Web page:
Restructuring the DoD CB
Several material areas sorely required attention during the Gulf War. The most clearly evident requirement was the need for improved airlift and sealift capabilities. While C-17 cargo planes, heavy trucks, and merchant marine ships will never be as sexy or alluring as F-22 fighter aircraft, Abrams tanks, and Seawolf submarines, there certainly was a strong case made when the military had to rely on commercial aircraft and ships older than the generals and admirals in order to get to the theater of operations. Of course, CB defense equipment was another area of concern. Despite the Gulf War (or because of the lack of CB warfare during this conflict), CB defense equipment continues to struggle on as a relatively insignificant portion of the Pentagon's R&D funds (less than one-fifth of 1 percent).
CB defense equipment has always been criticized by both the military troops that use the equipment and the chemical specialists that train with it. Protective suits are too hot; protective masks are too restrictive; collective protection shelters are not adequate; decontamination apparatuses use too much water; CB agent detectors false-alarm too often; and medical antidotes cannot be trusted. All these complaints came too late for the troops in Operation Desert Storm. These concerns were primarily a result of the combat arms sitting by the sidelines, allowing the Chemical Corps to determine what the combat troops were going to use. The Chemical Corps did deliver detectors that detected chemical agents and protective ensembles that would have saved lives, and decontaminants did work very well.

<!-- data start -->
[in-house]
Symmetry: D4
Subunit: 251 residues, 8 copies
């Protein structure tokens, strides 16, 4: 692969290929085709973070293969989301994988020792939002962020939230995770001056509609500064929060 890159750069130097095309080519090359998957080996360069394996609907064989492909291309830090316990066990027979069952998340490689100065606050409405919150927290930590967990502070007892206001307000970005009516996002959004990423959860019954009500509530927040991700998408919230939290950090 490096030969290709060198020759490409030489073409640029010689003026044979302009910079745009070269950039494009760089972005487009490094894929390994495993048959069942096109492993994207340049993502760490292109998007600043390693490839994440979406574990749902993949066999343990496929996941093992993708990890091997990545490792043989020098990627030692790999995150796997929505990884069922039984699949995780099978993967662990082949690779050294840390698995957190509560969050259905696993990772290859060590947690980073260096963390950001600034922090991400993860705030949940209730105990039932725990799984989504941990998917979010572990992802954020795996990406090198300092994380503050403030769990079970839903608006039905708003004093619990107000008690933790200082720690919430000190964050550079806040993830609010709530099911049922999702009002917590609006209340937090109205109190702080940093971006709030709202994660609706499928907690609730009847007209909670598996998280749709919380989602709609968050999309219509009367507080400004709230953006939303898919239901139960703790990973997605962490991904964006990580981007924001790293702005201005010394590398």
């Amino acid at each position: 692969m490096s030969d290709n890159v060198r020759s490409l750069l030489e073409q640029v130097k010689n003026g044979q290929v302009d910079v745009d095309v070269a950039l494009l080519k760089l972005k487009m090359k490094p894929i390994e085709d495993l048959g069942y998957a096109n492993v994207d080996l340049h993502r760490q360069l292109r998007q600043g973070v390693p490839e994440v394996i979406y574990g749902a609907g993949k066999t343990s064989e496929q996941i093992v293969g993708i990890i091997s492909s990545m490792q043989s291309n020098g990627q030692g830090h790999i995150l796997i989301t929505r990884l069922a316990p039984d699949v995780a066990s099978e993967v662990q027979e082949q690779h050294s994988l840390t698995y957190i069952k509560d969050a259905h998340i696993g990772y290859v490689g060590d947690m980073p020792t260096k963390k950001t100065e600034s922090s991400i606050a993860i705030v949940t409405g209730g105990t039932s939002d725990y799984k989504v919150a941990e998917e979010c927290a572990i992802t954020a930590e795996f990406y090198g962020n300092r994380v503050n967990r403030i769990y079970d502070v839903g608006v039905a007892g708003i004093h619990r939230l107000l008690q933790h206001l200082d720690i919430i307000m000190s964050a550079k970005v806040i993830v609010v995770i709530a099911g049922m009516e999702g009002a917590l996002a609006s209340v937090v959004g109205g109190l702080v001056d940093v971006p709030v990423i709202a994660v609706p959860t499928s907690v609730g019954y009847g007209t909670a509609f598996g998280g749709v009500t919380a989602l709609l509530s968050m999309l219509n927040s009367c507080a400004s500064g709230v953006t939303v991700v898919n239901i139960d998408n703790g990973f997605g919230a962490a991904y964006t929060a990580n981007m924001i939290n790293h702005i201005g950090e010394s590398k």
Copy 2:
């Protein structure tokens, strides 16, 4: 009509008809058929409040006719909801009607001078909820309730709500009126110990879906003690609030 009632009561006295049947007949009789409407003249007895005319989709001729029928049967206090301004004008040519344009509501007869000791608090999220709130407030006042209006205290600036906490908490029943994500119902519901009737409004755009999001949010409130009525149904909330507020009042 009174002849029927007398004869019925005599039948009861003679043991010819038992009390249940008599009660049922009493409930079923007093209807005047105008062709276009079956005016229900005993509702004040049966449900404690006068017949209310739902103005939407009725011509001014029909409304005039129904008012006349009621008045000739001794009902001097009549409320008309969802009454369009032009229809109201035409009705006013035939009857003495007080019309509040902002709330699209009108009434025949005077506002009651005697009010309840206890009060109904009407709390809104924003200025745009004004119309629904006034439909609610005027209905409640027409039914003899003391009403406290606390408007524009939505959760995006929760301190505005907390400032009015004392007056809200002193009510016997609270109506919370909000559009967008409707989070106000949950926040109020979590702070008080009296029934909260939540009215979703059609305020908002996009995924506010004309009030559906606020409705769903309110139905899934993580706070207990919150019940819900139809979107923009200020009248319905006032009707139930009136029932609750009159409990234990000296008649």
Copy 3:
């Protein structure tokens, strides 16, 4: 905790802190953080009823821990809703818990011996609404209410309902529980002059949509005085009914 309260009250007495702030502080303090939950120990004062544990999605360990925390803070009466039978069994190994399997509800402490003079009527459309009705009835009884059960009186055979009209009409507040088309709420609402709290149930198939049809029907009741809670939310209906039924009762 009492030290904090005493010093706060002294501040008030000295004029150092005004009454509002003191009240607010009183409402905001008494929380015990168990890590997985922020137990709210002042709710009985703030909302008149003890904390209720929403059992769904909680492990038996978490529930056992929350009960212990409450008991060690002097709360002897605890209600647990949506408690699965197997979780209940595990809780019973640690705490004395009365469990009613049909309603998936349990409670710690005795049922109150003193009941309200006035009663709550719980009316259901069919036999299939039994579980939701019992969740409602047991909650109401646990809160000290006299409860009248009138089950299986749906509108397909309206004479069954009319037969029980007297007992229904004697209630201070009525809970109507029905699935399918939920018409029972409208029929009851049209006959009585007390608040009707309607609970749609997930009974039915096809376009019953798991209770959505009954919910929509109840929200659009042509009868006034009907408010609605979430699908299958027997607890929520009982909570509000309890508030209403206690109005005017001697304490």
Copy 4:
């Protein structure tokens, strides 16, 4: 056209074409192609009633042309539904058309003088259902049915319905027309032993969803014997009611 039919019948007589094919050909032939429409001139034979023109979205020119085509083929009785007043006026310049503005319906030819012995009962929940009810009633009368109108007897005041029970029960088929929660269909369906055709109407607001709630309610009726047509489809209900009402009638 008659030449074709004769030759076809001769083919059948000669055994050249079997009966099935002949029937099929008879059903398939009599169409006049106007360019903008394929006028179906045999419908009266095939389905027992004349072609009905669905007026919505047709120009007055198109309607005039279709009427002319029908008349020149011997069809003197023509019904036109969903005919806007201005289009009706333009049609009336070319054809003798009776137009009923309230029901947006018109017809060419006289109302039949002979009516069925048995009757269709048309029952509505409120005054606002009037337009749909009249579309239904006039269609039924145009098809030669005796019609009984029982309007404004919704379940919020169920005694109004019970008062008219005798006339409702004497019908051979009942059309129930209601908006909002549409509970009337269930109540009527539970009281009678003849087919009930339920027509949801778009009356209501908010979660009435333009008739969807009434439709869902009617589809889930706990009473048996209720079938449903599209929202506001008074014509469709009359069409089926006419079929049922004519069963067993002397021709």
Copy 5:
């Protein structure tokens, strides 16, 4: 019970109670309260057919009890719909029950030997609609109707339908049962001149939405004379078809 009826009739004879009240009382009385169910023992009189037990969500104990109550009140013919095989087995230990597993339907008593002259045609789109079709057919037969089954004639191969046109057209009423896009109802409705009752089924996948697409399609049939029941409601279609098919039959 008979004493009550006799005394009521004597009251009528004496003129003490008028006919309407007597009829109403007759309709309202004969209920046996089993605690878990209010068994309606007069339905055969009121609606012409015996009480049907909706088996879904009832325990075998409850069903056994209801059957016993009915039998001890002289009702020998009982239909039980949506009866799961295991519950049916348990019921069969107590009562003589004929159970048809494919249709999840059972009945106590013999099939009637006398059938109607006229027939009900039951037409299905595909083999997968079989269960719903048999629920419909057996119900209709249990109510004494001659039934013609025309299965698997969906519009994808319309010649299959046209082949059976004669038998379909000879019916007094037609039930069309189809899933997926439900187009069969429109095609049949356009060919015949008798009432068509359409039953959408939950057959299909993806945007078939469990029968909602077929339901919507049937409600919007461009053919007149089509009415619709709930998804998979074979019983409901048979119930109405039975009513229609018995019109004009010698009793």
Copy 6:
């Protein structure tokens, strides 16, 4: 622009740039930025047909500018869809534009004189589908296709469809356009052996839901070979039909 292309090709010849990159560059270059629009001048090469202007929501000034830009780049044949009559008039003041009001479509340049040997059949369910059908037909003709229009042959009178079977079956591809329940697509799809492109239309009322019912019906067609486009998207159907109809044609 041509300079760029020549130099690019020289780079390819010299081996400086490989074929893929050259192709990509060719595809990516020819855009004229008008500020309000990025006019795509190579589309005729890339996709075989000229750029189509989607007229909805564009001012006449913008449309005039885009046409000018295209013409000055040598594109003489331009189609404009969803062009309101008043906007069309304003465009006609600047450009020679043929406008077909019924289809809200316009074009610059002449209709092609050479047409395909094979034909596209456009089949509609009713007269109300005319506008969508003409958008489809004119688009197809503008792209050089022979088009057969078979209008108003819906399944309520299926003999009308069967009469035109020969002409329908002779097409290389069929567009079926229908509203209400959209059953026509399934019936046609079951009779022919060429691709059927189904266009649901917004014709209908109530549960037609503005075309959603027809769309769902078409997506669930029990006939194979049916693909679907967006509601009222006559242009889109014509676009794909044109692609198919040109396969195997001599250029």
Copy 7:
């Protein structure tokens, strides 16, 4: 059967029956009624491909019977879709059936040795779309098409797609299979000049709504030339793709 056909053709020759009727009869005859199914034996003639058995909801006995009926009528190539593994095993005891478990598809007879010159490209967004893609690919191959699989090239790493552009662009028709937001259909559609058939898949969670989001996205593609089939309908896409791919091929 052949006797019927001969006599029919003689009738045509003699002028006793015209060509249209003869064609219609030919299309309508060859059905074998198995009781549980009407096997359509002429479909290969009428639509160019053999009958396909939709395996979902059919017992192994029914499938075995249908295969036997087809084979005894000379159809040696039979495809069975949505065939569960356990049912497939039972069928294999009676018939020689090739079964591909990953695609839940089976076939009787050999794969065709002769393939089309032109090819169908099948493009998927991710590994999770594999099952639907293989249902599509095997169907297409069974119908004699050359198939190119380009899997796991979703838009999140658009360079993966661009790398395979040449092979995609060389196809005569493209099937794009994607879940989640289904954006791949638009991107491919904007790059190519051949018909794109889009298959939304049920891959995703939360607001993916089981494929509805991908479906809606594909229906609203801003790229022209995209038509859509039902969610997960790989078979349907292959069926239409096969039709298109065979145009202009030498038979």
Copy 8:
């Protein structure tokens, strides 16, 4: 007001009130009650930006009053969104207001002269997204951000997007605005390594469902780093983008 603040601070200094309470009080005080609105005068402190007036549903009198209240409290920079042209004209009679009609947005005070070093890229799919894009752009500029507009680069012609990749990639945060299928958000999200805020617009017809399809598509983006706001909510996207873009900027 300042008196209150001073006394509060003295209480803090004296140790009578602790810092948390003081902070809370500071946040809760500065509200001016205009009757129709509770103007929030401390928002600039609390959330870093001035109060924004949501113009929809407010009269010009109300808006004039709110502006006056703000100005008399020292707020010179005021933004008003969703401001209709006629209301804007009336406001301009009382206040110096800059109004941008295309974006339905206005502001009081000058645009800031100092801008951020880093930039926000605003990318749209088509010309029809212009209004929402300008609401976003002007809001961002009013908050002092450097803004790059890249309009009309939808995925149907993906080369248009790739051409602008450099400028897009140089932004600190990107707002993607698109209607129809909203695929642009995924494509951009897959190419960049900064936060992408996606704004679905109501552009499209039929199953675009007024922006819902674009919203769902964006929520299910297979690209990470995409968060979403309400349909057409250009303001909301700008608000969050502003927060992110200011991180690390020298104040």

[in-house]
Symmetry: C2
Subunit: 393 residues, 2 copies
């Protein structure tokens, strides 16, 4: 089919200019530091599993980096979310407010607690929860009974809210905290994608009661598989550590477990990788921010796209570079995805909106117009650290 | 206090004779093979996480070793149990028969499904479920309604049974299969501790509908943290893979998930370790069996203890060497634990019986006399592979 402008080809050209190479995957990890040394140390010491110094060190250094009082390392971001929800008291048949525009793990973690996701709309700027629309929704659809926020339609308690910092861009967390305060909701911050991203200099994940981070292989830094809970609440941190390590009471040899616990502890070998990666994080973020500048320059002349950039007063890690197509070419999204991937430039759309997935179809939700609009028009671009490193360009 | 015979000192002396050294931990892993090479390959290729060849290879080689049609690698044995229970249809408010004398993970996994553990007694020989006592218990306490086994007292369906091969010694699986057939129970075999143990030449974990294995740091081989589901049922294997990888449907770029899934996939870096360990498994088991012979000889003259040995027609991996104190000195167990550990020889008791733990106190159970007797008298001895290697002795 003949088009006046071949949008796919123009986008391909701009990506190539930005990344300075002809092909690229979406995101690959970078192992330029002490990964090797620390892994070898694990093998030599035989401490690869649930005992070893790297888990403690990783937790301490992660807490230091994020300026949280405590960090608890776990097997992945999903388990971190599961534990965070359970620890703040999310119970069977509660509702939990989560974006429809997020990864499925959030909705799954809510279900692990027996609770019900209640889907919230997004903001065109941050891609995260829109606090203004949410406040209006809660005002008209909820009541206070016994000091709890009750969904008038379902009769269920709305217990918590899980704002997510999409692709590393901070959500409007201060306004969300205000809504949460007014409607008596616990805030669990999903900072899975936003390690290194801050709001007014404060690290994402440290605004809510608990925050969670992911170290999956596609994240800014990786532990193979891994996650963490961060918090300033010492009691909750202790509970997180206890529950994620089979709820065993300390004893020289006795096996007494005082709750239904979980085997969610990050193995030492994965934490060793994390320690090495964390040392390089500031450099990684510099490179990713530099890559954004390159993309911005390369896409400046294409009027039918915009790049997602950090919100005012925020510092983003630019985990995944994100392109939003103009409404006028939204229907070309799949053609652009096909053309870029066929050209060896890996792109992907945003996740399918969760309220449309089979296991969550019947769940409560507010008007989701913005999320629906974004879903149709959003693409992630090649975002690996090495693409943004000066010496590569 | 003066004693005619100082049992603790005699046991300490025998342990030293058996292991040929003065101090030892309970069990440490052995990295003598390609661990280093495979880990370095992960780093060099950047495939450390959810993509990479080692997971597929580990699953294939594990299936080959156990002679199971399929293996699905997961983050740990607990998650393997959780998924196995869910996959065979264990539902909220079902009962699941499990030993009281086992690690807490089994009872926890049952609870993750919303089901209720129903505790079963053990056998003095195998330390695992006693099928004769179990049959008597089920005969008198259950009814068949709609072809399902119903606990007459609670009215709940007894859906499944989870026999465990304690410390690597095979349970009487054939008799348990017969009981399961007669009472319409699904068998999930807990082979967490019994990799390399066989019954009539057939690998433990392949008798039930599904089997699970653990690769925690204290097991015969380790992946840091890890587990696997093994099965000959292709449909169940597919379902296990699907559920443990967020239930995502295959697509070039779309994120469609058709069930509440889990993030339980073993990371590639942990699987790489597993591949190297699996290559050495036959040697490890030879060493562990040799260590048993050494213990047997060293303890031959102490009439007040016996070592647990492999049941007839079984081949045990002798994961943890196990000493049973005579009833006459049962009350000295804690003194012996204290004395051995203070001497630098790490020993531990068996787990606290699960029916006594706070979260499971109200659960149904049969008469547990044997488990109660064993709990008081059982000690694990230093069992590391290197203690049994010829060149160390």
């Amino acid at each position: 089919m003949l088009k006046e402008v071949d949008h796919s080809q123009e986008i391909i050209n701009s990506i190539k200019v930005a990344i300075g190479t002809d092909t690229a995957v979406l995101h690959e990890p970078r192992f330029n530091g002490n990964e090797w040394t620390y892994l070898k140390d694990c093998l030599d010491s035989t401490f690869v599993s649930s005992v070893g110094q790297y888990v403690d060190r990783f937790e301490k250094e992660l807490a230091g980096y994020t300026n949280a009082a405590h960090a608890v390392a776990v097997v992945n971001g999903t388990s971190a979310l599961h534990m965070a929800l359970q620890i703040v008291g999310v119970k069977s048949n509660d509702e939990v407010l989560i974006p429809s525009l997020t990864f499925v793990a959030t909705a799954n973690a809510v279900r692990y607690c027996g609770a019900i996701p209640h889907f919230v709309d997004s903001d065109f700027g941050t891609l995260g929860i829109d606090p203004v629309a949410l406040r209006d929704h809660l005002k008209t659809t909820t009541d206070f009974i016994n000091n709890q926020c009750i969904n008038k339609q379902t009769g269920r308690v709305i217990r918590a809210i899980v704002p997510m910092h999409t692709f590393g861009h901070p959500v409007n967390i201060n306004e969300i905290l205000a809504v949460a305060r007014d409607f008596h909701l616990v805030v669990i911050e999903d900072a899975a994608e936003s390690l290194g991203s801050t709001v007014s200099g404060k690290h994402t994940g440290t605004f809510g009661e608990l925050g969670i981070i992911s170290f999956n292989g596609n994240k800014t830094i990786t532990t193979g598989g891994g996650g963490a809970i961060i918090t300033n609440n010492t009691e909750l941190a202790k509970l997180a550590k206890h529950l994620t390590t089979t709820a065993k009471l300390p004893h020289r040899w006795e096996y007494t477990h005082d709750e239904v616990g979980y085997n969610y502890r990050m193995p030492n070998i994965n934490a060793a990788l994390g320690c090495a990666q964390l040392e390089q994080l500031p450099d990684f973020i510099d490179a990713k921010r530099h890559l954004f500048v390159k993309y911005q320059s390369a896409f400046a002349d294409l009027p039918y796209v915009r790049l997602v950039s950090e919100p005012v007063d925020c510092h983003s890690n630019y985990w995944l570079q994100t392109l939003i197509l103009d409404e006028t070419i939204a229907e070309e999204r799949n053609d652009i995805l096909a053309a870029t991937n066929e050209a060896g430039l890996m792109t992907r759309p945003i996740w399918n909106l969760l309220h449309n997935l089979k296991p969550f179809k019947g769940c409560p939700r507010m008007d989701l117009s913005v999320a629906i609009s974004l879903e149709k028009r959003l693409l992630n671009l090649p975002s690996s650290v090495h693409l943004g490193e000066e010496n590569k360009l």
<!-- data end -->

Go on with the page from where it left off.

The BUT part is that the combat arms units did not understand that getting CB defense equipment that works is only half the equation; there remain such matters as false alarms due to overly sensitive detectors, hot burdensome suits, and corrosive decontaminants that degrade combat effectiveness. If the combat arms incorporated CB warfare considerations into their wargaming, they might see the benefits and challenges of CB defense equipment, and they might get more involved. This active involvement will become more and more important as the